Your bottom line: this is what's affecting your money

'WannaCry' cyberattack halted
'WannaCry' cyberattack halted

It can be hard to keep up with the heavy news flow. But don't worry: Here's your cheat sheet to the news that affected your wallet last week.


A massive cyber attack has infected almost a quarter of a million computers.

Hackers have spread a ransomware, known as WannaCry, to computers all over the world. The attack locks down files on an infected computer. The hackers then demand $300 to release the files.

So far, the attack has been found in 150 countries, affecting 200,000 computers, according to Europol, a European law enforcement agency.

The attack takes advantage of a vulnerability in Microsoft (MSFT) Windows. Microsoft released a patch for the flaw in March, but anyone who dragged their feet in updating their Windows PC could be at risk.

Worried you could be a target? Here's your guide on how to protect yourself from the massive attack.

But WannaCry isn't the only computer attack that consumer need to be aware of.

The U.S. government announced it's cracking down on scammers that trick people into spending hundreds of dollars on computer virus protection they don't really need.


gadgets laptop ban

It might be time to brush the dust off that novel you've been meaning to read.

European airlines and regulators are preparing for the possibility that the White House could ban laptops and other large devices from the cabins of some flights from Europe to the United States.

There's already a ban on laptops on airlines flying out of 10 airports in the Middle East and Africa.

So what's a bored passenger to do when flying over an ocean? We've got some ideas. Here's a look at some gadgets that will allow you to keep working (and be entertained) even if you don't have your trusty laptop.


No student should go through the school day hungry. But it's happening all across the country, CNNMoney's Heather Long reports.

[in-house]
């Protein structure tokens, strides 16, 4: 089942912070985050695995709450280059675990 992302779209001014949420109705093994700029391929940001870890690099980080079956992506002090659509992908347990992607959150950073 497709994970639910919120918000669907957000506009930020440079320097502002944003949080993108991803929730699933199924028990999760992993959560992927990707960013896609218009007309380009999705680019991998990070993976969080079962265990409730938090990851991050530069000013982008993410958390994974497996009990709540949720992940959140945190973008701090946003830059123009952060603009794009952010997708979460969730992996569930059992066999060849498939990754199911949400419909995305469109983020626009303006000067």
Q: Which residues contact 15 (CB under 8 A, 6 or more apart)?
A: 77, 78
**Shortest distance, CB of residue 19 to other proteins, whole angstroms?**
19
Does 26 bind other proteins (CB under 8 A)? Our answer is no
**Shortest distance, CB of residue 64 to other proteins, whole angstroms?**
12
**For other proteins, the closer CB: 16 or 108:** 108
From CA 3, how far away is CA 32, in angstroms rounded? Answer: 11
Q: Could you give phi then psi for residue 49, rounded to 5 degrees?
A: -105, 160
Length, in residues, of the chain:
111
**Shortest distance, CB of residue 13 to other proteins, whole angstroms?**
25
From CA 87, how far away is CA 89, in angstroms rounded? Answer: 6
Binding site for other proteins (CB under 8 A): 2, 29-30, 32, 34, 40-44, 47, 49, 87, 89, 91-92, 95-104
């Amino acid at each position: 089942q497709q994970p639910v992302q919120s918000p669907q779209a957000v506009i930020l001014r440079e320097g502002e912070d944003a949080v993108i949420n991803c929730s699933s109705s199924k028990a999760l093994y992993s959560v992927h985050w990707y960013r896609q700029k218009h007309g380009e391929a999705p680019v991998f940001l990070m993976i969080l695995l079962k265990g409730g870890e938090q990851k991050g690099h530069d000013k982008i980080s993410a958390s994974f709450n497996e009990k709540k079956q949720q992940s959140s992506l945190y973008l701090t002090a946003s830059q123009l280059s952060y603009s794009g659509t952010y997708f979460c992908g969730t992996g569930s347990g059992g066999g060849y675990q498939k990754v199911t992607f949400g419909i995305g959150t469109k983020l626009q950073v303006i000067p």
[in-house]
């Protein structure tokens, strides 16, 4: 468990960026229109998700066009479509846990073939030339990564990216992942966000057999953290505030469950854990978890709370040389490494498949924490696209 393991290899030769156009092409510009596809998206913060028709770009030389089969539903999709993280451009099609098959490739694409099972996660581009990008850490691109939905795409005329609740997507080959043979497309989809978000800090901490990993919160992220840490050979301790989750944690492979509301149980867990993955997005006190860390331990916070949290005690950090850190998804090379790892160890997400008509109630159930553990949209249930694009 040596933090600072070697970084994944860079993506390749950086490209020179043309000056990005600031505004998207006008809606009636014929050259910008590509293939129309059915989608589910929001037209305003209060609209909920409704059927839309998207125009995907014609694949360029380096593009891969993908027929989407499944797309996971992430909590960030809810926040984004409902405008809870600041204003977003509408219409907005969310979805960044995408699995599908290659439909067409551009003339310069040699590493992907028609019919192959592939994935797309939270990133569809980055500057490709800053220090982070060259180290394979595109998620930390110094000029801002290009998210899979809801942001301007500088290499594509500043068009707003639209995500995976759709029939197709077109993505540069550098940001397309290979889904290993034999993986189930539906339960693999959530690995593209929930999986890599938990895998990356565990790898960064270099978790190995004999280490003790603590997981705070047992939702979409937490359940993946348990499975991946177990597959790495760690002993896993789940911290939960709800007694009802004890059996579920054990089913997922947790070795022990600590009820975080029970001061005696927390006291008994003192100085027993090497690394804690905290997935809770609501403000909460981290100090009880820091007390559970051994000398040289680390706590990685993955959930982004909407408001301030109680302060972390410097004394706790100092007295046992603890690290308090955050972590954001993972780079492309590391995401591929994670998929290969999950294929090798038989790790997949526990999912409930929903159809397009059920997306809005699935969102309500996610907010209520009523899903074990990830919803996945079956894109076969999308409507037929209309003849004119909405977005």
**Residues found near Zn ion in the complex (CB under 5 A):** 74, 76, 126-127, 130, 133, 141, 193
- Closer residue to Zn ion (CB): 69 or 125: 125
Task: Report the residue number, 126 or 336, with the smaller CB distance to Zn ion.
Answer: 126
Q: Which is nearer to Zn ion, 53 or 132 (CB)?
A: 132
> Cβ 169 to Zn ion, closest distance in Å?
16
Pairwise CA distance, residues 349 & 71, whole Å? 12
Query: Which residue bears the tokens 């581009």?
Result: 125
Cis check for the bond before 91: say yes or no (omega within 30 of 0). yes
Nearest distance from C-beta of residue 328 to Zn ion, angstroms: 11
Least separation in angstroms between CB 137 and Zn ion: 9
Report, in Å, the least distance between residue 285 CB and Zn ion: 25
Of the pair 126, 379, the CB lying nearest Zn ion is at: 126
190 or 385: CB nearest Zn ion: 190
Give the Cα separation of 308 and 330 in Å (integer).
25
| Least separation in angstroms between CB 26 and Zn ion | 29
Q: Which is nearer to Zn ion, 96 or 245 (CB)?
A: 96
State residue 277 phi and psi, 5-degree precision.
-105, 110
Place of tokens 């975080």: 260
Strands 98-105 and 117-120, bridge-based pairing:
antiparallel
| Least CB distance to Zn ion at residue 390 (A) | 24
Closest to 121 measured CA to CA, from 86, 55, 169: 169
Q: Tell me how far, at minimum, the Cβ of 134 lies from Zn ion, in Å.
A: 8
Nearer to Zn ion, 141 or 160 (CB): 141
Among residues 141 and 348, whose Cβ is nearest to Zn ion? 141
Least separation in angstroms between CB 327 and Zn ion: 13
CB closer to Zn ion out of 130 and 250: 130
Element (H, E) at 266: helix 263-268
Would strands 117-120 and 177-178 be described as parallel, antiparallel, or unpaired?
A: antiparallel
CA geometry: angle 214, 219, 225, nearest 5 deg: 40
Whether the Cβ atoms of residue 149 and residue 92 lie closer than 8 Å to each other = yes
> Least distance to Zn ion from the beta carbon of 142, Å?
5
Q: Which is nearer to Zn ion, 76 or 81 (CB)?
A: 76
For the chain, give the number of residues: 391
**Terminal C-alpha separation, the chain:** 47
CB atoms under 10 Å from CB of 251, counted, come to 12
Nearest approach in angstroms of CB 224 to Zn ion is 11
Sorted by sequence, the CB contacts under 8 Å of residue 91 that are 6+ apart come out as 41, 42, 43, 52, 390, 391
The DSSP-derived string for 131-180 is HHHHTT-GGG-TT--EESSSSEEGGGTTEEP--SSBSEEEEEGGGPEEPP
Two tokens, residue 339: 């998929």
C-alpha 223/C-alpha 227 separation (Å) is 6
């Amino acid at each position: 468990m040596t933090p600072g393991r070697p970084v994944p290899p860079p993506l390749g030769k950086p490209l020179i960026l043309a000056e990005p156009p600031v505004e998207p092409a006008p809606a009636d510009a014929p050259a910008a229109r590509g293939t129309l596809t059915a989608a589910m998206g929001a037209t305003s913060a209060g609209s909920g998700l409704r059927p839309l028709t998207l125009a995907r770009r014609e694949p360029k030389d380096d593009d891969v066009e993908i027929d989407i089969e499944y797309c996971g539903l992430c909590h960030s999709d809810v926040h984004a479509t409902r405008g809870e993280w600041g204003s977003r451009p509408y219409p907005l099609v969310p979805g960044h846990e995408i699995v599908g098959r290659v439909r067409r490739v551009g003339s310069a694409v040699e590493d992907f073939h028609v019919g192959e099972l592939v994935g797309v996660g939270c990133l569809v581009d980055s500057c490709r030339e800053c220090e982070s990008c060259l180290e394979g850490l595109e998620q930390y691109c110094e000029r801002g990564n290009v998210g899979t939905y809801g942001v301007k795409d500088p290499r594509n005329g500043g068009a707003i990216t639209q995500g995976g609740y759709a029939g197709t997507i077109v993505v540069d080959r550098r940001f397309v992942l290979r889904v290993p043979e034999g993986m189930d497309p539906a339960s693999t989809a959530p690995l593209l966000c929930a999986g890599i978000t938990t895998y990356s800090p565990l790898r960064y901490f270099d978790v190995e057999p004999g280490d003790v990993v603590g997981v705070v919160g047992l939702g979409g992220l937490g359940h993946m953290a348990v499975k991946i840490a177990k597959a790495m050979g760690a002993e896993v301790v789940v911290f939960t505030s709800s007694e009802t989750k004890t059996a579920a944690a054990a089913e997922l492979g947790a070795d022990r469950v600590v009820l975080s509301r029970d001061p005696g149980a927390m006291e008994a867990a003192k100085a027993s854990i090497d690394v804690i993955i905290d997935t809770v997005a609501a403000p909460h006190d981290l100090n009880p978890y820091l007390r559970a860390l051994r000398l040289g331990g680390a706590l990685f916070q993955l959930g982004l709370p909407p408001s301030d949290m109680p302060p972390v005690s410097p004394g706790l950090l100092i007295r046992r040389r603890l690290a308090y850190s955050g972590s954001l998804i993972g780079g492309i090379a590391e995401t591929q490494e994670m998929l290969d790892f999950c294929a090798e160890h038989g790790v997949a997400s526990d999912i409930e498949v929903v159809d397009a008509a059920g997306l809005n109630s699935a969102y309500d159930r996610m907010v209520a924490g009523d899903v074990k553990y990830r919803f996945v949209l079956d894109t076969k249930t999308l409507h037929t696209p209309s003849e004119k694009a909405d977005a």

When a student doesn't have enough money for lunch, cafeteria staff in many districts take away the child's tray of hot food and hand the student a brown paper bag containing a cold cheese sandwich and a small milk.

The policies vary; some schools take away their lunch entirely.

School workers say it's the worst part of their job, and some lawmakers and teachers are working to put an end to lunch shaming.


The busy house hunting season is in full swing, and it's going to be tough one for some buyers.

Wanna-be buyers in Seattle are facing a particularly tough search.

Home supply is low and demand is high in the city, which means open houses are jammed packed, bidding wars are the new normal and homes are selling for well above asking prices.

To stand out in the sea of bids, buyers are having to loosen their standards and are putting forth some very aggressive offers.

Buying a home for the first time and unsure how to navigate the housing market? Take a look at this story that details four things first-time homebuyers need to know.

Shoppers looking to drop at least a few million dollars on their next home purchase might want to pay attention to Hong Kong. The city was recently named the top market for luxury real estate, according to Christie's International Real Estate, dethroning London.


gasoline pump

There was some good news for consumers last week.

Gas prices are falling. A drop in crude oil prices has caused prices at the pump to drop over the last three weeks. That's welcome relief for drivers as we head into the busy summer driving season.

Amazon shoppers are also catching a break. The online retail giant lowered the free shipping minimum for non-Prime members to $25 of eligible items.

It used to be $35 or more would qualify for free shipping, so the move represents a nearly 29% drop.

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